- The Washington Times - Thursday, January 31, 2019

Virginia lawmakers rejected a proposal Wednesday that would have given cities and counties the authority to remove war memorials from public spaces by circumventing a century-old statute currently preventing the dismantling of Confederate monuments within the state.

A subcommittee of the Virginia House of Delegates Committee on Counties, Cities and Towns voted 2-6 against the bill during a meeting in Richmond, killing an effort mounted by Del. David Toscano, a Democrat representing Charlottesville, to let leaders in localities like his decide the fate of contentious statues commemorating Confederate Army soldiers.

“We give localities the ability to control the cutting of weeds. But we haven’t yet given them the control over monuments that might have detrimental effects on the atmosphere and the feeling of the community,” Mr. Toscano said, the Virginia Commonwealth University’s Capital News Service reported. “If you weren’t in Charlottesville in August of 2017, it would be hard to understand all of this.”

Charlottesville officials voted in early 2017 to remove a statue from a city park of Confederate Gen. Robert E. Lee, prompting protests that culminated in a rally, titled “Unite the Right,” that summer. The rally, which attracted white supremacists, neo-Nazis and Klansmen, ended in a participant murdering a counterprotester, Heather Heyer, and seriously injuring several others with his car.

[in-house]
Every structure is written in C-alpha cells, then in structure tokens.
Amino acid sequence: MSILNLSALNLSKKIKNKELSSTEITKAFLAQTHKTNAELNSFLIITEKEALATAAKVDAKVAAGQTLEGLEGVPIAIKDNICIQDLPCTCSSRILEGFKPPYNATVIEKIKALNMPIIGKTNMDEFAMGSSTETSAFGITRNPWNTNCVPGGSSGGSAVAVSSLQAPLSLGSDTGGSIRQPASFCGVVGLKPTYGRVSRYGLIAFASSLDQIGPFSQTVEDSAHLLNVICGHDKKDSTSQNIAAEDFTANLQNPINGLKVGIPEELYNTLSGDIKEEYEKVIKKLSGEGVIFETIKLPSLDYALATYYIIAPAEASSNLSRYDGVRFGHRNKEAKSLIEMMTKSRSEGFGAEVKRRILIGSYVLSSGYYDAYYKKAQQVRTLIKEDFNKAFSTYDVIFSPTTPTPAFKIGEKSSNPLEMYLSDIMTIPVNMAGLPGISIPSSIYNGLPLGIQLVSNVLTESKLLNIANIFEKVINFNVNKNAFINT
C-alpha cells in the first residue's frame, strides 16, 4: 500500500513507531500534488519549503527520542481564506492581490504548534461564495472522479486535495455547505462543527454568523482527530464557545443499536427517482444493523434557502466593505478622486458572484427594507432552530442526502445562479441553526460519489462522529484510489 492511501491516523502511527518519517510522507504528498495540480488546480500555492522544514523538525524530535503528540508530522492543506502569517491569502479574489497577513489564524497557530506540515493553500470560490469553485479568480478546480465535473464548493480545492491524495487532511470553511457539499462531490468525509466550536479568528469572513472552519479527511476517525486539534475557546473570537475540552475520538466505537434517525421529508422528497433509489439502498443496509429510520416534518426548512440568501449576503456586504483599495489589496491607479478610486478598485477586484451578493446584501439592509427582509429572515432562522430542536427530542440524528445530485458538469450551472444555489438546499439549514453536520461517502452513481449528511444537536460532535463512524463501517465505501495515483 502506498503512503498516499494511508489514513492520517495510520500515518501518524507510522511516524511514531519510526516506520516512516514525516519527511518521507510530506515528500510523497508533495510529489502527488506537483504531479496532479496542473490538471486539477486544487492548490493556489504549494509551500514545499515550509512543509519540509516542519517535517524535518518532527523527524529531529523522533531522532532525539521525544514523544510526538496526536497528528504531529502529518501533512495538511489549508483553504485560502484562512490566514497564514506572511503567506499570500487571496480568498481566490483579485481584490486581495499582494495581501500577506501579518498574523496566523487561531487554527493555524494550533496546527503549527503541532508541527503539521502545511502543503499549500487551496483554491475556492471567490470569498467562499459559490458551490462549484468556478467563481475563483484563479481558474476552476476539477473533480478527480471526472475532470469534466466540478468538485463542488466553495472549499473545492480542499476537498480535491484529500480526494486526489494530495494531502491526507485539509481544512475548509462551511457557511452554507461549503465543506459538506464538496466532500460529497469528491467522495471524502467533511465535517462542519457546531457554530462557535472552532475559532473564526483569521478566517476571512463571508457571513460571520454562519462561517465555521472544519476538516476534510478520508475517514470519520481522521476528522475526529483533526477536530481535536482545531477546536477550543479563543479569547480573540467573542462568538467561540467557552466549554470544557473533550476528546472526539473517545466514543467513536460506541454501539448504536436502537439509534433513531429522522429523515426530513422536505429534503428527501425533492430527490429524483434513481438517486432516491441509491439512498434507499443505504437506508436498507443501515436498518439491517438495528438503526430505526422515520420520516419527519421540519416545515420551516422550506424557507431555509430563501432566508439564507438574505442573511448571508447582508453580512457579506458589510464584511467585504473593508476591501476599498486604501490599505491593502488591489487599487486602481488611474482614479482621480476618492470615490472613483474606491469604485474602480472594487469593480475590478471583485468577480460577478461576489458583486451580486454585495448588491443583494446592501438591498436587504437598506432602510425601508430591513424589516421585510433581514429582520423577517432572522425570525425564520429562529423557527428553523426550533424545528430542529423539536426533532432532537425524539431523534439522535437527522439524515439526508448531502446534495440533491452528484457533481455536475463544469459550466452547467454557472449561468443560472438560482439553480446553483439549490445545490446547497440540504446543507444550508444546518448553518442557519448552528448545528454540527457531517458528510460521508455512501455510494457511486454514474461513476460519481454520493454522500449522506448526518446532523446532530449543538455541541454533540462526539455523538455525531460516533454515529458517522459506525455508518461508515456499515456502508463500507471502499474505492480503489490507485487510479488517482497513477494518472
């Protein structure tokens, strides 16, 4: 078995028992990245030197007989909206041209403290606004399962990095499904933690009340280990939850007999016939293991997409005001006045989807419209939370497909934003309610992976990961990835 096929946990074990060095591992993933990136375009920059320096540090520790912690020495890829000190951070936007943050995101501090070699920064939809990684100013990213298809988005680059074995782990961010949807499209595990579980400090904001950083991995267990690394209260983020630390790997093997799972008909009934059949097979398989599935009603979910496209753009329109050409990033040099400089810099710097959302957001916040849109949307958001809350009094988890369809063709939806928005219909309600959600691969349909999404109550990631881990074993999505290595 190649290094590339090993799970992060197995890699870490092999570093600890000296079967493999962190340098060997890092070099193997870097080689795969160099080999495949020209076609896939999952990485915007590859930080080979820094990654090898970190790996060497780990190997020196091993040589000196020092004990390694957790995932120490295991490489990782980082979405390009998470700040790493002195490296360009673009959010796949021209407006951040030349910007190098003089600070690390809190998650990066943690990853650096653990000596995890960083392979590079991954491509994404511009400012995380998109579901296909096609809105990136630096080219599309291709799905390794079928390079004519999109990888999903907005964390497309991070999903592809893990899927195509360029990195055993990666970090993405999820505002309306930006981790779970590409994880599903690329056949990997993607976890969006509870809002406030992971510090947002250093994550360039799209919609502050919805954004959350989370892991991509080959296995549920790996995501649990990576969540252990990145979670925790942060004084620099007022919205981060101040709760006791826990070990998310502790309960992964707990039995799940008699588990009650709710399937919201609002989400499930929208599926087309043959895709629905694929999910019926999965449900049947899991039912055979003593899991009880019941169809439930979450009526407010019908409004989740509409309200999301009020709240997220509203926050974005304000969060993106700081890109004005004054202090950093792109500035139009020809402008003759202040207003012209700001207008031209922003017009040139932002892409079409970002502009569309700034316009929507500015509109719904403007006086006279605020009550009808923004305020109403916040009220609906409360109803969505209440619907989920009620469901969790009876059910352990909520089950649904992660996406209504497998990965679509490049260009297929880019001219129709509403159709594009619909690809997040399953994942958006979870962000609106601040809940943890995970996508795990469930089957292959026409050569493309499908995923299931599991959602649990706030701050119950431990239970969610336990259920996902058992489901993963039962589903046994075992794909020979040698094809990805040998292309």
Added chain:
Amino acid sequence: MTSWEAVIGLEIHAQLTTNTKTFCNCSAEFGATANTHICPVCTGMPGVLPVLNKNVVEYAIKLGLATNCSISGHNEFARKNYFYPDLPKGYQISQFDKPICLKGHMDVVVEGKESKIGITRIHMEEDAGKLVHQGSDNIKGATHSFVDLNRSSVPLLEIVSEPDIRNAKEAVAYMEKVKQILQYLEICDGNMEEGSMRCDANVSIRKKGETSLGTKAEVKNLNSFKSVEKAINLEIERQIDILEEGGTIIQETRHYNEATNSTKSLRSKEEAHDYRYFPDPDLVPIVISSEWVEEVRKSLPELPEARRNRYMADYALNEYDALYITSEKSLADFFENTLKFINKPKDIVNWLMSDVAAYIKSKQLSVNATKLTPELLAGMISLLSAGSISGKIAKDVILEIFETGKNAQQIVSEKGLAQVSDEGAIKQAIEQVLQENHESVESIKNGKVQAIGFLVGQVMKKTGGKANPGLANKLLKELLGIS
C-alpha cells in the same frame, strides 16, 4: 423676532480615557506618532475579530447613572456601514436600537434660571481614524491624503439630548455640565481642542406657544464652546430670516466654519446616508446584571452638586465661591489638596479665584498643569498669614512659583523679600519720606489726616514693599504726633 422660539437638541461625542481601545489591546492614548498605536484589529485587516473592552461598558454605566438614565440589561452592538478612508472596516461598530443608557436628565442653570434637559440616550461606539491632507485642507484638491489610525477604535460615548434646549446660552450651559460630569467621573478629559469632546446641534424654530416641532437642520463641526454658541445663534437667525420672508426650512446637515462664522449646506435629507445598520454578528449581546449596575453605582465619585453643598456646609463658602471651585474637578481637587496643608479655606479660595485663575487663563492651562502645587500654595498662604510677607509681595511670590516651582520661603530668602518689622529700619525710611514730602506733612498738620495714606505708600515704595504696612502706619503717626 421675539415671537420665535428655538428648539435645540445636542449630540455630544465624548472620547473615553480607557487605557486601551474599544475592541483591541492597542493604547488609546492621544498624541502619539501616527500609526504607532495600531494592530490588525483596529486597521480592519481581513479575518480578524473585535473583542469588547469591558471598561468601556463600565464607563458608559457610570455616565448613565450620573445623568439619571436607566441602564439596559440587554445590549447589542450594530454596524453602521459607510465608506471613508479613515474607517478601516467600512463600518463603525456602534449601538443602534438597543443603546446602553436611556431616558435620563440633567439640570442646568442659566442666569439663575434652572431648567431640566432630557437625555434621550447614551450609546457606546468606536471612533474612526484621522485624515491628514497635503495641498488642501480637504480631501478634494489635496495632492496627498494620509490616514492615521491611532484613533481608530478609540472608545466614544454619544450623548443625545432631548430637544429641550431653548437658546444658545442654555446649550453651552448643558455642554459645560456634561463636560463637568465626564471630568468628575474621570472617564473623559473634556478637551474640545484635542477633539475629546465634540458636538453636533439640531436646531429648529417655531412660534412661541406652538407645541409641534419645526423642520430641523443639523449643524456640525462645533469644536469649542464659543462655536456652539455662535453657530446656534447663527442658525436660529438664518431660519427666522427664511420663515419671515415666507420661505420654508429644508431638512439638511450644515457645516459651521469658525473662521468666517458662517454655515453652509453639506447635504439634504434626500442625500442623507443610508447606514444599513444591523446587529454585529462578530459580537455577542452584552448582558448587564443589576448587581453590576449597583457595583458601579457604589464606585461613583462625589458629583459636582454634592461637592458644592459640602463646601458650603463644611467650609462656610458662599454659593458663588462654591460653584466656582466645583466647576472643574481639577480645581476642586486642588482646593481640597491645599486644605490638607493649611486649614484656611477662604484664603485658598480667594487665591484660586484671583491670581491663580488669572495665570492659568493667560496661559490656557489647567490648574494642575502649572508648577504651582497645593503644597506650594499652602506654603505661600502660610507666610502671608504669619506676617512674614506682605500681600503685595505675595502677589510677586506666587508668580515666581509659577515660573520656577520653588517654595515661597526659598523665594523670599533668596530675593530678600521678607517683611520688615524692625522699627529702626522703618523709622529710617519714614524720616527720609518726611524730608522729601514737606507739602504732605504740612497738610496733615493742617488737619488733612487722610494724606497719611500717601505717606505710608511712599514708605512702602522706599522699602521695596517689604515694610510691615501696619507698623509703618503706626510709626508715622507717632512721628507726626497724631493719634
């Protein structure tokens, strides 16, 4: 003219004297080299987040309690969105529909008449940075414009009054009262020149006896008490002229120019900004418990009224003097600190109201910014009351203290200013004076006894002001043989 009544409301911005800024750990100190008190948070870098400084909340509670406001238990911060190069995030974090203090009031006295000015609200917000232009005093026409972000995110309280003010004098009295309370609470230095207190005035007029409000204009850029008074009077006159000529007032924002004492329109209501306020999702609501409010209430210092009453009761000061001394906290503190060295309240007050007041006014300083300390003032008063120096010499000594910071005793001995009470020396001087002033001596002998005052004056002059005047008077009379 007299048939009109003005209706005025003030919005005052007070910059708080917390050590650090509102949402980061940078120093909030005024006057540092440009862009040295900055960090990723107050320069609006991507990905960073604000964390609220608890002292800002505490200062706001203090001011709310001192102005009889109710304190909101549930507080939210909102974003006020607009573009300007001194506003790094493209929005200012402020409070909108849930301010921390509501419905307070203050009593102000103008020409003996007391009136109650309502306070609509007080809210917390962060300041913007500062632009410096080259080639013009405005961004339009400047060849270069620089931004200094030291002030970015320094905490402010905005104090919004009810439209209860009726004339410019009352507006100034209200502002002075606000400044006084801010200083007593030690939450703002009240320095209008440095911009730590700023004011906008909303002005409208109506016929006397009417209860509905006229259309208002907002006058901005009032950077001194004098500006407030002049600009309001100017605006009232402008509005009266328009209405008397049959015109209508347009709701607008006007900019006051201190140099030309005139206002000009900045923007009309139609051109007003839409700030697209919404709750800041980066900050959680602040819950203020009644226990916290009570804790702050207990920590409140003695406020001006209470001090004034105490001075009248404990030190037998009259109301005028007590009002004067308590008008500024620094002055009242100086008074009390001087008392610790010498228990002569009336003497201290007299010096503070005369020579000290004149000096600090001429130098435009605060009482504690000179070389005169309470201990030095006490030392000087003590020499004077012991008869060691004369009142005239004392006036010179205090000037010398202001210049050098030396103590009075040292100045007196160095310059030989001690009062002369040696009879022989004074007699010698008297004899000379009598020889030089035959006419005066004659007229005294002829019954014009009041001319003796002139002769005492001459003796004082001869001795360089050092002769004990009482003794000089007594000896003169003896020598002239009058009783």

Several localities throughout the former Confederacy subsequently took steps to remove similar monuments, but both the Lee statue and a similar monument celebrating Gen. Thomas “Stonewall” Jackson remain standing in Charlottesville, a city of roughly 50,000 people located about 115 miles southwest of Washington, D.C.

Mr. Toscano’s proposal, House Bill 2377, would have permitted localities within Virginia to “remove or provide for the upkeep, maintenance, or contextualization of any monument or memorial for war veterans located in its public space, regardless of when erected,” according to its language, effectively circumventing a Virginia state statute put in place less than 20 years after the Civil War ended.

“Current law makes it unlawful to disturb or interfere with such monuments or memorials or to prevent citizens from taking proper measures and exercising proper means for the protection, preservation and care of such monuments or memorials,” Mr. Toscano wrote in the bill’s summary.

Ed Willis, an opponent of the bill who described himself as a descendant of Civil War soldiers, argued during the meeting that Mr. Toscano’s proposal violates provisions in the Virginia Constitution prohibiting discrimination, the Capital News Service reported.

“It’s painfully clear discrimination based on Confederate national origin is the basis of this bill,” Mr. Willis said, the outlet reported.

Delegates who voted against the bill included Steve Heretick, a Democrat, and five Republicans: Charles D. Poindexter, Terry Austin, Jeffrey Campbell, John McGuire and Bob Thomas.

A previous effort to pass a similar bill failed in 2018.

• Andrew Blake can be reached at ablake@washingtontimes.com.

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